2 Guideline Joint AAD-NPF guidelines of care for the management and treatment of psoriasis with awareness and attention to comorbidities. 2019

Elmets, Craig A / Leonardi, Craig L / Davis, Dawn M R / Gelfand, Joel M / Lichten, Jason / Mehta, Nehal N / Armstrong, April W / Connor, Cody / Cordoro, Kelly M / Elewski, Boni E / Gordon, Kenneth B / Gottlieb, Alice B / Kaplan, Daniel H / Kavanaugh, Arthur / Kivelevitch, Dario / Kiselica, Matthew / Korman, Neil J / Kroshinsky, Daniela / Lebwohl, Mark / Lim, Henry W / Paller, Amy S / Parra, Sylvia L / Pathy, Arun L / Prater, Elizabeth Farley / Rupani, Reena / Siegel, Michael / Stoff, Benjamin / Strober, Bruce E / Wong, Emily B / Wu, Jashin J / Hariharan, Vidhya / Menter, Alan. ·University of Alabama, Birmingham, Alabama. · Central Dermatology, St. Louis, Missouri. · Mayo Clinic, Rochester, Minnesota. · University of Pennsylvania Perelman School of Medicine, Philadelphia, Pennsylvania. · National Psoriasis Foundation, Portland, Oregon. · National Heart Lung and Blood Institute, National Institutes of Health, Bethesda, Maryland. · University of Southern California, Los Angeles, California. · Department of Dermatology, University of California San Francisco School of MedicineSan Francisco, California. · Medical College of Wisconsin, Milwaukee, Wisconsin. · Department of Dermatology, Icahn School of Medicine at Mt. Sinai, New York, New York. · University of Pittsburgh, Pennsylvania. · University of California San Diego, San Diego, California. · Baylor Scott and White, Dallas, Texas. · University Hospitals Cleveland Medical Center, Cleveland, Ohio. · Massachusetts General Hospital, Boston, Massachusetts. · Department of Dermatology, Henry Ford Hospital, Detroit, Michigan. · Northwestern University Feinberg School of Medicine, Chicago, Illinois. · Dermatology and Skin Surgery, Sumter, South Carolina. · Colorado Permanente Medical Group, Centennial, Colorado. · University of Oklahoma Health Sciences Center, Oklahoma City, Oklahoma. · Icahn School of Medicine at Mount Sinai, New York, New York. · Emory University School of Medicine, Atlanta, Georgia. · University of Connecticut, Farmington, Connecticut; Probity Medical Research, Waterloo, Canada. · San Antonio Uniformed Services Health Education Consortium, Joint-Base San Antonio, Texas. · Dermatology Research and Education Foundation, Irvine, California. · American Academy of Dermatology, Rosemont, Illinois. Electronic address: vhariharan@aad.org. ·J Am Acad Dermatol · Pubmed #30772097.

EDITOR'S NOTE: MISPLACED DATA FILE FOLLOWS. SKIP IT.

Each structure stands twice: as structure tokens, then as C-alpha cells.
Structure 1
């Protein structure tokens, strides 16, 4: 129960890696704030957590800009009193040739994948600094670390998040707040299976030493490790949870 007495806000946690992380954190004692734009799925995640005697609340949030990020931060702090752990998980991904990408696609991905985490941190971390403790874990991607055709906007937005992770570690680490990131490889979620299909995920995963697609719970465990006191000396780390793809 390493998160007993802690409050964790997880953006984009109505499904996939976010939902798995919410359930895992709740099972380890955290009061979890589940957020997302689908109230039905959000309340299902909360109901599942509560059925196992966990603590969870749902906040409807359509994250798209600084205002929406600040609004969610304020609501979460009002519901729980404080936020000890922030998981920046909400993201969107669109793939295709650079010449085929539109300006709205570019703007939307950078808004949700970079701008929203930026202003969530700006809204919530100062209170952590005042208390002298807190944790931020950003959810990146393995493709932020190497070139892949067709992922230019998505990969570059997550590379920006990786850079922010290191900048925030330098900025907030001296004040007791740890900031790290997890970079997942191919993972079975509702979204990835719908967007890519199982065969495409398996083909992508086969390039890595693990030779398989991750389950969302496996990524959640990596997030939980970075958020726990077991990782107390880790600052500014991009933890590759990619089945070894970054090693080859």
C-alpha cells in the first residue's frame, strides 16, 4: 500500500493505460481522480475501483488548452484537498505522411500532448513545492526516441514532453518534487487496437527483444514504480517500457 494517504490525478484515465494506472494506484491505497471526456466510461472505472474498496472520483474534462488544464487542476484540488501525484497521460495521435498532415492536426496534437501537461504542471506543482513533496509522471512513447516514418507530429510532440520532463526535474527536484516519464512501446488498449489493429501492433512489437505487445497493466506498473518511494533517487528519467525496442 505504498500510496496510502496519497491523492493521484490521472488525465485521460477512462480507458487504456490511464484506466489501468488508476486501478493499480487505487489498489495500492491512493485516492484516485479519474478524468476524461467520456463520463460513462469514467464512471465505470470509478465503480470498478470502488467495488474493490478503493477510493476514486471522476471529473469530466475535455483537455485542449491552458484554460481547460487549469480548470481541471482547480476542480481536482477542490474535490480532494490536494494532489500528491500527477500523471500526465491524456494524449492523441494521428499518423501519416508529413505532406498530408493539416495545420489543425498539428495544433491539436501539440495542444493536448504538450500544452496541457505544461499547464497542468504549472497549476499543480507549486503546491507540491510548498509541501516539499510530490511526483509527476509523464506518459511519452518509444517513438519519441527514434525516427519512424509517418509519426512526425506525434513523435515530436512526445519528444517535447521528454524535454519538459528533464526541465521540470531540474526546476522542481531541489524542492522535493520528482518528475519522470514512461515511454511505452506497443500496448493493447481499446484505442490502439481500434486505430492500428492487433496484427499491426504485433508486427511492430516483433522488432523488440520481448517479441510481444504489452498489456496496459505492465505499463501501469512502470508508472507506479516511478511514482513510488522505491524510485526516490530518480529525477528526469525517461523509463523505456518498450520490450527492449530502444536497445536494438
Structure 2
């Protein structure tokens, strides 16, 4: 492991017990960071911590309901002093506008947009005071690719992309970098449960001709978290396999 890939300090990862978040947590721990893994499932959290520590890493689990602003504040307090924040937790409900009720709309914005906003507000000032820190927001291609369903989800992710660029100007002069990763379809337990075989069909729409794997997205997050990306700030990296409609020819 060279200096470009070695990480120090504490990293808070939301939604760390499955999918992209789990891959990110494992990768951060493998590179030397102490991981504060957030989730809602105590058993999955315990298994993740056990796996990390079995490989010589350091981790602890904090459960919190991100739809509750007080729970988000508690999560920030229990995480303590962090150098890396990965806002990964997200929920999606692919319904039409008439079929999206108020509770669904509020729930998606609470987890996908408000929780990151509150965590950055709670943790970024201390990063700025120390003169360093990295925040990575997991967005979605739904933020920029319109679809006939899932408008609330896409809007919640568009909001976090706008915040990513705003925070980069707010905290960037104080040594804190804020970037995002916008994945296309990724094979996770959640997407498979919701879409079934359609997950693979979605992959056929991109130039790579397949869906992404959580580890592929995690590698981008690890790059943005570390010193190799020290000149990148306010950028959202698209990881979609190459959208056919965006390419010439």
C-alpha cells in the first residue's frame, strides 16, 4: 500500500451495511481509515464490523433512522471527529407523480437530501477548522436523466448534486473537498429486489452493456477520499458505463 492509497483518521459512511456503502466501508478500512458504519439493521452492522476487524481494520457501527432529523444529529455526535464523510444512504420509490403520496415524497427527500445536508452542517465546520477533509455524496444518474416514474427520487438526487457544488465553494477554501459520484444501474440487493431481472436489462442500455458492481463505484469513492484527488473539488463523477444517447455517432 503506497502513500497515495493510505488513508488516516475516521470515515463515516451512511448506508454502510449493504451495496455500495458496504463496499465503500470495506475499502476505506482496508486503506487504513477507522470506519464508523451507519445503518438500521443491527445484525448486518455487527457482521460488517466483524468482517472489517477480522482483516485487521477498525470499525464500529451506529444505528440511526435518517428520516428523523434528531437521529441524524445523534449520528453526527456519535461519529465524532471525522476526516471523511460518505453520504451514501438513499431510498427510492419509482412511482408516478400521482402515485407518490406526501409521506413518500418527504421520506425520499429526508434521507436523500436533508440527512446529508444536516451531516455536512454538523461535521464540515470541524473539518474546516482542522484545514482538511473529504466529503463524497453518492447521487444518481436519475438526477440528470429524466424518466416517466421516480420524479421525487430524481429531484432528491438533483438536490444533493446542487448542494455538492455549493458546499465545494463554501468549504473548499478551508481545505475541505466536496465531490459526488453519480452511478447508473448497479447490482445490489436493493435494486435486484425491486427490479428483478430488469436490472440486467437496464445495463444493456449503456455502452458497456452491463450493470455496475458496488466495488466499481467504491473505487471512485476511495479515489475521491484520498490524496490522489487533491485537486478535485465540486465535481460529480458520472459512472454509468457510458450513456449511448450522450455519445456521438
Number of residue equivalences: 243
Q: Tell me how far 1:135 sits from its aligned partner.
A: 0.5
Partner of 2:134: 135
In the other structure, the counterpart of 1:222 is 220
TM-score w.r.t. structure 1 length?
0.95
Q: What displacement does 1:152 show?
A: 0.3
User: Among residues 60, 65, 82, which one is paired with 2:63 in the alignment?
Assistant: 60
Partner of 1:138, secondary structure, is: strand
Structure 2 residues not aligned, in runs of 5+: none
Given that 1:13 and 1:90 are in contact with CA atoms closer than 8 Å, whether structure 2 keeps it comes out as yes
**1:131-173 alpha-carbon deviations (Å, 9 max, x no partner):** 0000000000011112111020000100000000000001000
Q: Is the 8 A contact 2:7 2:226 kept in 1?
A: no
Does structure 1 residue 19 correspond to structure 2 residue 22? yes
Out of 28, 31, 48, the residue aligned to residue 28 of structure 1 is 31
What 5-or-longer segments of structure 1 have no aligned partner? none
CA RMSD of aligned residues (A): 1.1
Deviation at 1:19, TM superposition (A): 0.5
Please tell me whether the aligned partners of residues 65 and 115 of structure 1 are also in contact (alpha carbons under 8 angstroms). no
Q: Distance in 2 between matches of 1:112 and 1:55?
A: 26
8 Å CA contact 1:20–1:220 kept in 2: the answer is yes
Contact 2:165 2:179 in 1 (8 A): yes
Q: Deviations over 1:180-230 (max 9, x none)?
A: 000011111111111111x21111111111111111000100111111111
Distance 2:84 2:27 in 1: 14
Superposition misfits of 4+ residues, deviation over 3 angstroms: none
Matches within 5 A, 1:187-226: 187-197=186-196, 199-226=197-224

ABSTRACT: Psoriasis is a chronic, inflammatory, multisystem disease that affects up to 3.2% of the US population. This guideline addresses important clinical questions that arise in psoriasis management and care, providing recommendations on the basis of available evidence.

3 Guideline The MIST Guidelines: The Lumbar Spinal Stenosis Consensus Group Guidelines for Minimally Invasive Spine Treatment. 2019